How This Site Became a Multiplatform Ogranization

an interview with
Piers Fawkes Founder, PSFK

Piers Fawkes founded in 2004 initially as a trend spotting resource.  Since then PSFK has grown into a multiplatform organization, well respected as a source of ideas within the creative community.  I was reminded of this when attending the recent PSFK conference in New York City which rounded up an eclectic collection of speakers that were engaging, inspiring and not over-exposed.

Give me the elevator description of PSFK
PSFK is the go to source for new ideas for creative professionals. Every month a million designers, ad folks, digital entrepreneurs and media mavens get inspired by our content.

What is your business model?  Or what do you sell and what do you give away?
We are a hybrid company – Publishing, Events, Consulting. They are symbiotic. We create content (some which is co-branded), we host events (some that get sponsored), we advise some pretty interesting brands about trends.

Would you say you are in the curation business? Explain a bit if you can.
Yes. Our job is to find new ideas and we present them up to 50 times a day on our site. For our consulting business we have given clients like Nike, Target and BMW their own PSFK. The key difference between our publishing business and consulting business is that we conduct pattern recognition on the data on our client’s PSFK’s and tell them what we think it all means.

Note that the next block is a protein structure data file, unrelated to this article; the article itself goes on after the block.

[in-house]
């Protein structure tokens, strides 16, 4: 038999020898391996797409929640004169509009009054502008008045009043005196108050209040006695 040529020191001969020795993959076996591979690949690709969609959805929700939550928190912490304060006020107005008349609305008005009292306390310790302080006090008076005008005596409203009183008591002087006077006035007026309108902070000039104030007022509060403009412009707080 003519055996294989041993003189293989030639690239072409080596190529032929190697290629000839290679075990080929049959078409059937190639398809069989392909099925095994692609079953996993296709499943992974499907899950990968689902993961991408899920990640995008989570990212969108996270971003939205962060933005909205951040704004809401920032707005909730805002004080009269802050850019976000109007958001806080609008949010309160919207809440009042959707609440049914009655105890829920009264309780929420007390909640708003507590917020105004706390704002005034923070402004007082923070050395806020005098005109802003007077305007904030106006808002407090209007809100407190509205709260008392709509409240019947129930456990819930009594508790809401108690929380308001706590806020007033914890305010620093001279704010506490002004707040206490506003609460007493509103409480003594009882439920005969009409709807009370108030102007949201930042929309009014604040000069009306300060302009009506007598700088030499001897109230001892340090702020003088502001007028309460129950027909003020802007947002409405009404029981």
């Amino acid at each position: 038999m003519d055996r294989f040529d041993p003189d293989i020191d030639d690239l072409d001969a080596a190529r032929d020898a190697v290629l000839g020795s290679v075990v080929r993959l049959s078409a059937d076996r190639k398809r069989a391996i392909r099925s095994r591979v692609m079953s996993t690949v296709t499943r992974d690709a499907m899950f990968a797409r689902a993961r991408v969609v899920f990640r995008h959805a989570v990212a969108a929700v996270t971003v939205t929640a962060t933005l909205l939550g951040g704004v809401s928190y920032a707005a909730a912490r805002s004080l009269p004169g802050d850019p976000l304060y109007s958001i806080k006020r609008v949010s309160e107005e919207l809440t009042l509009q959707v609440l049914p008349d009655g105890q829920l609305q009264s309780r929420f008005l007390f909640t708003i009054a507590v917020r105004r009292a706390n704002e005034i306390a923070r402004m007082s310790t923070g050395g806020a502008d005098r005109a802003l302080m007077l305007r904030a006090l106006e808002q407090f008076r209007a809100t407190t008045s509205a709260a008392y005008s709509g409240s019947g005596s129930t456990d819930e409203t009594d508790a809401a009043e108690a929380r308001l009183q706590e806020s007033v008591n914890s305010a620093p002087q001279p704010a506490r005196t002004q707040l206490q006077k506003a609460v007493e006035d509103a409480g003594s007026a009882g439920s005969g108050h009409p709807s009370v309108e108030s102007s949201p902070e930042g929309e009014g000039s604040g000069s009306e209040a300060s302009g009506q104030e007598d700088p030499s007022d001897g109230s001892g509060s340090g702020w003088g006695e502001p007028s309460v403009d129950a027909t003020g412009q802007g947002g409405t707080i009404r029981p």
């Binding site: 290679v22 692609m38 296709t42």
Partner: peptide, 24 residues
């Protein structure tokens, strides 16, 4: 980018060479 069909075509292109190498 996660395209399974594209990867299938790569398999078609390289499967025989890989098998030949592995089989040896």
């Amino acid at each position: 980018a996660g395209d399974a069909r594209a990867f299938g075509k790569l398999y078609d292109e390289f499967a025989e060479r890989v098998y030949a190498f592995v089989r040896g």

You had some great speakers at the last conference. You must have had a lot of options to choose from, what was your process for choosing the ones you did?
I read PSFK! Honestly – I chose from the NYC projects that we were writing about – and I dropped the people behind them a line.

There is so much interesting content out there, how do you decide what content goes on your website?
Our higher aim is to inspire people to make things better.  Better business, better environment, better world, better lives. We have about 50 regular contributors to the site and they write about a wide array of subjects and geography. Their brief is to write about signs of change that lead to progress – or the people behind them.

How do you measure the effectiveness of your conferences?  Website?
The conference is still evolving. The speakers thanking me for being part of it is important as is the number of people who watch the videos after. Website effectiveness is traffic mixed with reach. How many folks passed on our stories.

Or how do you know you’ve done a good job curating content?
Traffic is better than yesterday. We sell tickets faster than the last event! It’s not always that easy. Most days we want to host an event or write stories on a topic we think are important rather than what will sell tickets/get eyeballs. I hope the audience respects that. And enjoys it.

Do you expect the need for the type of content you curate to grow over time?  If so, why?
I think more brands are wise-ing up to the need for lateral and future-forward inspiration. Consumer insights helps you optimize for today. Trends research helps you innovate for tomorrow.

Why do you think world-class curators like the New York Times are struggling when the need for quality curation is greater than ever?
Our business model is not based on paid-for advertising.  Advertising’s business model isn’t based on paid-for advertising any more. Companies need to shift quick.

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